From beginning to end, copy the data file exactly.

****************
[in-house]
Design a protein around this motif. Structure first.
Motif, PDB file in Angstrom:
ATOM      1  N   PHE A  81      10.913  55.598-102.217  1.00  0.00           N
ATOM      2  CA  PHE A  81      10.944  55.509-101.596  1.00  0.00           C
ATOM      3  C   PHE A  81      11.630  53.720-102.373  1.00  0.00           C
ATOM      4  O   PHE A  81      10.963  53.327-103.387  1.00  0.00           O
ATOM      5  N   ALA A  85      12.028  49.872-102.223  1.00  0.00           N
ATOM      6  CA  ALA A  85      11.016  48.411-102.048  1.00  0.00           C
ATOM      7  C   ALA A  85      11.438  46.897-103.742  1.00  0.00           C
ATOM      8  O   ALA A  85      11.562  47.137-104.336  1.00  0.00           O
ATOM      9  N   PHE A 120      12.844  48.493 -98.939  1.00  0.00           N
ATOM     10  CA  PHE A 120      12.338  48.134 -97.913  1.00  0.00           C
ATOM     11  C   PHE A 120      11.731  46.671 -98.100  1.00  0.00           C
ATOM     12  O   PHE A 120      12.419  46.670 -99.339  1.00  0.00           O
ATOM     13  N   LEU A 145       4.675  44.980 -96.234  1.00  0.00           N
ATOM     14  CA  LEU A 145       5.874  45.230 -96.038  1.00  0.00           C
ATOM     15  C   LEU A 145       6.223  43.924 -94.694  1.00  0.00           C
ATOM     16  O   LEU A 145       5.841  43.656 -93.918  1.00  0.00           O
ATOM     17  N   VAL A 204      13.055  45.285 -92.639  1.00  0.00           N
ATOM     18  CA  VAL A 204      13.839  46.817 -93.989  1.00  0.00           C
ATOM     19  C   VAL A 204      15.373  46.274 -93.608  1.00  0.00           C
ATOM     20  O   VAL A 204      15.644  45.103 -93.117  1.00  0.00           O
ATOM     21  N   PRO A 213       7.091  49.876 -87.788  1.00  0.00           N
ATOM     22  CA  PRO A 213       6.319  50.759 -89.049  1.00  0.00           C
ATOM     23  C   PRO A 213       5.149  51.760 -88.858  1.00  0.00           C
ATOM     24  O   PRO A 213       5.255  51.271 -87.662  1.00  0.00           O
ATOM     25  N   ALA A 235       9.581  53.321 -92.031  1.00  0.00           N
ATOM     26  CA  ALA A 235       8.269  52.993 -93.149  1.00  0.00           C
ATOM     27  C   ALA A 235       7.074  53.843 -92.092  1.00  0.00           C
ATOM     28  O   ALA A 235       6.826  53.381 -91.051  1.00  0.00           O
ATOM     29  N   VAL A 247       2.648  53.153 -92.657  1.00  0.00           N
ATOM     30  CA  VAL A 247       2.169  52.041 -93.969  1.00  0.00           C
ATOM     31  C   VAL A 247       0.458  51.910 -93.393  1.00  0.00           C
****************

[in-house]
Design a protein around this motif. Structure first.
Motif, PDB file in Angstrom:
ATOM      1  N   PHE A  81      10.913  55.598-102.217  1.00  0.00           N
ATOM      2  CA  PHE A  81      10.944  55.509-101.596  1.00  0.00           C
ATOM      3  C   PHE A  81      11.630  53.720-102.373  1.00  0.00           C
ATOM      4  O   PHE A  81      10.963  53.327-103.387  1.00  0.00           O
ATOM      5  N   ALA A  85      12.028  49.872-102.223  1.00  0.00           N
ATOM      6  CA  ALA A  85      11.016  48.411-102.048  1.00  0.00           C
ATOM      7  C   ALA A  85      11.438  46.897-103.742  1.00  0.00           C
ATOM      8  O   ALA A  85      11.562  47.137-104.336  1.00  0.00           O
ATOM      9  N   PHE A 120      12.844  48.493 -98.939  1.00  0.00           N
ATOM     10  CA  PHE A 120      12.338  48.134 -97.913  1.00  0.00           C
ATOM     11  C   PHE A 120      11.731  46.671 -98.100  1.00  0.00           C
ATOM     12  O   PHE A 120      12.419  46.670 -99.339  1.00  0.00           O
ATOM     13  N   LEU A 145       4.675  44.980 -96.234  1.00  0.00           N
ATOM     14  CA  LEU A 145       5.874  45.230 -96.038  1.00  0.00           C
ATOM     15  C   LEU A 145       6.223  43.924 -94.694  1.00  0.00           C
ATOM     16  O   LEU A 145       5.841  43.656 -93.918  1.00  0.00           O
ATOM     17  N   VAL A 204      13.055  45.285 -92.639  1.00  0.00           N
ATOM     18  CA  VAL A 204      13.839  46.817 -93.989  1.00  0.00           C
ATOM     19  C   VAL A 204      15.373  46.274 -93.608  1.00  0.00           C
ATOM     20  O   VAL A 204      15.644  45.103 -93.117  1.00  0.00           O
ATOM     21  N   PRO A 213       7.091  49.876 -87.788  1.00  0.00           N
ATOM     22  CA  PRO A 213       6.319  50.759 -89.049  1.00  0.00           C
ATOM     23  C   PRO A 213       5.149  51.760 -88.858  1.00  0.00           C
ATOM     24  O   PRO A 213       5.255  51.271 -87.662  1.00  0.00           O
ATOM     25  N   ALA A 235       9.581  53.321 -92.031  1.00  0.00           N
ATOM     26  CA  ALA A 235       8.269  52.993 -93.149  1.00  0.00           C
ATOM     27  C   ALA A 235       7.074  53.843 -92.092  1.00  0.00           C
ATOM     28  O   ALA A 235       6.826  53.381 -91.051  1.00  0.00           O
ATOM     29  N   VAL A 247       2.648  53.153 -92.657  1.00  0.00           N
ATOM     30  CA  VAL A 247       2.169  52.041 -93.969  1.00  0.00           C
ATOM     31  C   VAL A 247       0.458  51.910 -93.393  1.00  0.00           C